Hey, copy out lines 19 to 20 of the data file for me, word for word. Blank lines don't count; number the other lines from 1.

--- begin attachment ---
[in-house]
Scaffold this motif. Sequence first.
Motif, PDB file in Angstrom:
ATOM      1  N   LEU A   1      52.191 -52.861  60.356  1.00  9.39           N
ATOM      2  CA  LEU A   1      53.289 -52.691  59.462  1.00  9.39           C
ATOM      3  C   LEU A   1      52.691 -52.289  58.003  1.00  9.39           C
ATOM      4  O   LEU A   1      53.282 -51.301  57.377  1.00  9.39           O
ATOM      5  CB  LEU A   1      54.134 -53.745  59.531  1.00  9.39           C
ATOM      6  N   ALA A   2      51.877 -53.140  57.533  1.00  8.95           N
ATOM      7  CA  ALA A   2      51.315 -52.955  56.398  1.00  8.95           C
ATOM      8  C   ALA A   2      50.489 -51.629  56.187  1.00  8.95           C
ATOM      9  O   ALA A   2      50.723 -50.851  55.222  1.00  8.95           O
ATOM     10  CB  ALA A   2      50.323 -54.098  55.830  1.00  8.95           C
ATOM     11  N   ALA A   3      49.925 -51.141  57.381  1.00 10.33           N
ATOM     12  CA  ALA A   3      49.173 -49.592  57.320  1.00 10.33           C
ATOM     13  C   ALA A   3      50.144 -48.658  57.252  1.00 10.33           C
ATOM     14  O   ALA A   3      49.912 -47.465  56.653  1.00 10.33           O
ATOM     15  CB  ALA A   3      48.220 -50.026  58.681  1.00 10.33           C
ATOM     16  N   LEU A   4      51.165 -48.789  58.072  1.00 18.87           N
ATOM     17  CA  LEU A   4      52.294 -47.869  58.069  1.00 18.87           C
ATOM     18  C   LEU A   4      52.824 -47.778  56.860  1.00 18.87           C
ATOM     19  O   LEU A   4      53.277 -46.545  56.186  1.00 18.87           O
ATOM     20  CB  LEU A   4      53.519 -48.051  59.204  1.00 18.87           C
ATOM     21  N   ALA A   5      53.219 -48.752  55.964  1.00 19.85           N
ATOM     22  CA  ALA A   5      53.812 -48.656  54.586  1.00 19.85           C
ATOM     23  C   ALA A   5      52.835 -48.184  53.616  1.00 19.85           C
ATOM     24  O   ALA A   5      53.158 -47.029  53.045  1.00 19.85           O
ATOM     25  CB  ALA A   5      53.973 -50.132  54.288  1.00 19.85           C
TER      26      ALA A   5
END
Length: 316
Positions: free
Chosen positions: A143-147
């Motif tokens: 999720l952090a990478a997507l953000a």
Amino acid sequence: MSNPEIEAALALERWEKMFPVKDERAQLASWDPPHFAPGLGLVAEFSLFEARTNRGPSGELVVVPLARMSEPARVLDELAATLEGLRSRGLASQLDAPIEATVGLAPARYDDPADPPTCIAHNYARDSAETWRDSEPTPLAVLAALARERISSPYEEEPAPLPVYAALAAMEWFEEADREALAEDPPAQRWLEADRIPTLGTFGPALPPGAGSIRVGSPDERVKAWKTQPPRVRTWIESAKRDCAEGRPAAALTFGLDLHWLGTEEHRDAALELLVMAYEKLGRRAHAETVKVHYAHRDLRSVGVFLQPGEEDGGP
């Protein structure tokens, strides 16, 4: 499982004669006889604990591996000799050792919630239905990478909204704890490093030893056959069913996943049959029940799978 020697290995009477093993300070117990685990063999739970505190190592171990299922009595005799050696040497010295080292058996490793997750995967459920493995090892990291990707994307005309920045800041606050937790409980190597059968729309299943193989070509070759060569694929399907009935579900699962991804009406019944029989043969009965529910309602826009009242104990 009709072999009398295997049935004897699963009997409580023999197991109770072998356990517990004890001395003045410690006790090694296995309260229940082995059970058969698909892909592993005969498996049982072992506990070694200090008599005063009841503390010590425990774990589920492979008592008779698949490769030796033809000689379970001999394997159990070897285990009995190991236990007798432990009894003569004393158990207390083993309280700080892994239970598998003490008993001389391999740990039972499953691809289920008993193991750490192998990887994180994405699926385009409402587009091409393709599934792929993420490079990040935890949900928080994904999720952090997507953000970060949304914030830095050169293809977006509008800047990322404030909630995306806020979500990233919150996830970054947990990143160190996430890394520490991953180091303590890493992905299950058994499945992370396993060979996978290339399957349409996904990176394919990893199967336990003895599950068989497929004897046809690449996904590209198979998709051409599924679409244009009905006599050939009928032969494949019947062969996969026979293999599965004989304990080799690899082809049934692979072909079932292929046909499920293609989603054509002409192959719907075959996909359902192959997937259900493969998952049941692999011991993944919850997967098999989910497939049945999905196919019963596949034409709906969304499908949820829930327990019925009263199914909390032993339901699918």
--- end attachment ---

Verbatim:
ATOM     16  N   LEU A   4      51.165 -48.789  58.072  1.00 18.87           N
ATOM     17  CA  LEU A   4      52.294 -47.869  58.069  1.00 18.87           C